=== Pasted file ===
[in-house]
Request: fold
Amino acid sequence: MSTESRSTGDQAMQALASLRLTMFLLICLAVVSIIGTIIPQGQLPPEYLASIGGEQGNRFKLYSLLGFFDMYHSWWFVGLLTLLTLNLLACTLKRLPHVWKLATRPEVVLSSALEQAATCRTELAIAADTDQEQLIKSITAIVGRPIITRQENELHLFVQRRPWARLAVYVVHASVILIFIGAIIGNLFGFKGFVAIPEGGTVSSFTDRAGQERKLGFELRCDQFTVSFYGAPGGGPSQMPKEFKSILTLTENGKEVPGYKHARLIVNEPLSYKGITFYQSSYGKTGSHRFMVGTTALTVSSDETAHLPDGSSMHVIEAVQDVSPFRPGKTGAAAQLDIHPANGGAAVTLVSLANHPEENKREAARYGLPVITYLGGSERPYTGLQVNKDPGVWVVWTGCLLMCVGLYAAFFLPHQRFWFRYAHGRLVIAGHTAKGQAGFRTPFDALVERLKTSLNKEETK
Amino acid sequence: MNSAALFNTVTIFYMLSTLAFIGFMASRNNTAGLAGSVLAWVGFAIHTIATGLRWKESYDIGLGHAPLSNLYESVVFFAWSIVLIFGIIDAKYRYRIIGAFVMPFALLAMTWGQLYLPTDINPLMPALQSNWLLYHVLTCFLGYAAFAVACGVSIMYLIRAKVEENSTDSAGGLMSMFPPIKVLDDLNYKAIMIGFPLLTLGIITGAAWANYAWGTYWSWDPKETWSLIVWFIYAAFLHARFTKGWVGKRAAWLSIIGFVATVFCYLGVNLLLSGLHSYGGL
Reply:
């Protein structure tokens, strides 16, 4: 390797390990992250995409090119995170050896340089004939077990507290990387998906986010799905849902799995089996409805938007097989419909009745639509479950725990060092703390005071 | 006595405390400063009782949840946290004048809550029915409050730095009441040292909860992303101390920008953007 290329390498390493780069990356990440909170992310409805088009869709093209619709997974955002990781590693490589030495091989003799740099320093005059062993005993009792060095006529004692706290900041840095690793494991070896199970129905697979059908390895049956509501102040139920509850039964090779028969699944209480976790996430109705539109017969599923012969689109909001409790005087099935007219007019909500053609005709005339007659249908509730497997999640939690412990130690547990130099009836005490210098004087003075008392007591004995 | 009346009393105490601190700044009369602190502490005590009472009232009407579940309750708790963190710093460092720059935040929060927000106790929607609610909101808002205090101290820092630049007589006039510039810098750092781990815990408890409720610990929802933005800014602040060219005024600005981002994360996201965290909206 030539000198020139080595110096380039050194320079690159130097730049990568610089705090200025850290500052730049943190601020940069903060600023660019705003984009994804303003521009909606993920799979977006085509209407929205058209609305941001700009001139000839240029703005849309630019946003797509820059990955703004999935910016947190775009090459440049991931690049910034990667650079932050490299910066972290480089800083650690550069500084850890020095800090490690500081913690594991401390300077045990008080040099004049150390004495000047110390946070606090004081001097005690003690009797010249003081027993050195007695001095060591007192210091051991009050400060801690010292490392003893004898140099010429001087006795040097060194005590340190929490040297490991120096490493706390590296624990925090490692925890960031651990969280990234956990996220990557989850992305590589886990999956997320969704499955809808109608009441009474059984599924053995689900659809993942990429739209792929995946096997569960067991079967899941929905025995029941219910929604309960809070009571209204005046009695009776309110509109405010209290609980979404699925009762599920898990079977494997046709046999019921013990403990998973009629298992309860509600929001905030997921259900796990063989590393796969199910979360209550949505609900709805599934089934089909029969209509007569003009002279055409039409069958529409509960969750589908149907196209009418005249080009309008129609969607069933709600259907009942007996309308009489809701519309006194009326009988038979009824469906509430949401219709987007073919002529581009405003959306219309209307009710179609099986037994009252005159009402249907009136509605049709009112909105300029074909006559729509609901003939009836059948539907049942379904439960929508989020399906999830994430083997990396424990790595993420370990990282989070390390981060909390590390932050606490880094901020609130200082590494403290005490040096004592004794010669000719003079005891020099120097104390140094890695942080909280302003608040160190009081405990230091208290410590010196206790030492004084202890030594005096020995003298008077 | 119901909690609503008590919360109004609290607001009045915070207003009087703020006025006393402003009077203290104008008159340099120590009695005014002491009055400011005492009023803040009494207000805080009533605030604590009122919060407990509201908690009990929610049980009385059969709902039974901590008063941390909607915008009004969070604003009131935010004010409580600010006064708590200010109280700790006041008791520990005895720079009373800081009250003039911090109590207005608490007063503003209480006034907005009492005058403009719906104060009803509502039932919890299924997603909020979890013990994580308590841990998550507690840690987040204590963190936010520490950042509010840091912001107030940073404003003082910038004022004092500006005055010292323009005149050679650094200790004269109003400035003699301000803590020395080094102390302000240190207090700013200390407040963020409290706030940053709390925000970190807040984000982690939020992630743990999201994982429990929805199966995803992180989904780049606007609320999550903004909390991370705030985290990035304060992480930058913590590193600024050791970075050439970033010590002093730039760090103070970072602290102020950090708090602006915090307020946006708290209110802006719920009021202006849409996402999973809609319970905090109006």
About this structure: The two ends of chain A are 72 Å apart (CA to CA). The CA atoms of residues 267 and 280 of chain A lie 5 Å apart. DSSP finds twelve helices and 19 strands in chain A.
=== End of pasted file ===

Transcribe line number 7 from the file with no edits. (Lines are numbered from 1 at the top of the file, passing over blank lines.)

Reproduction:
About this structure: The two ends of chain A are 72 Å apart (CA to CA). The CA atoms of residues 267 and 280 of chain A lie 5 Å apart. DSSP finds twelve helices and 19 strands in chain A.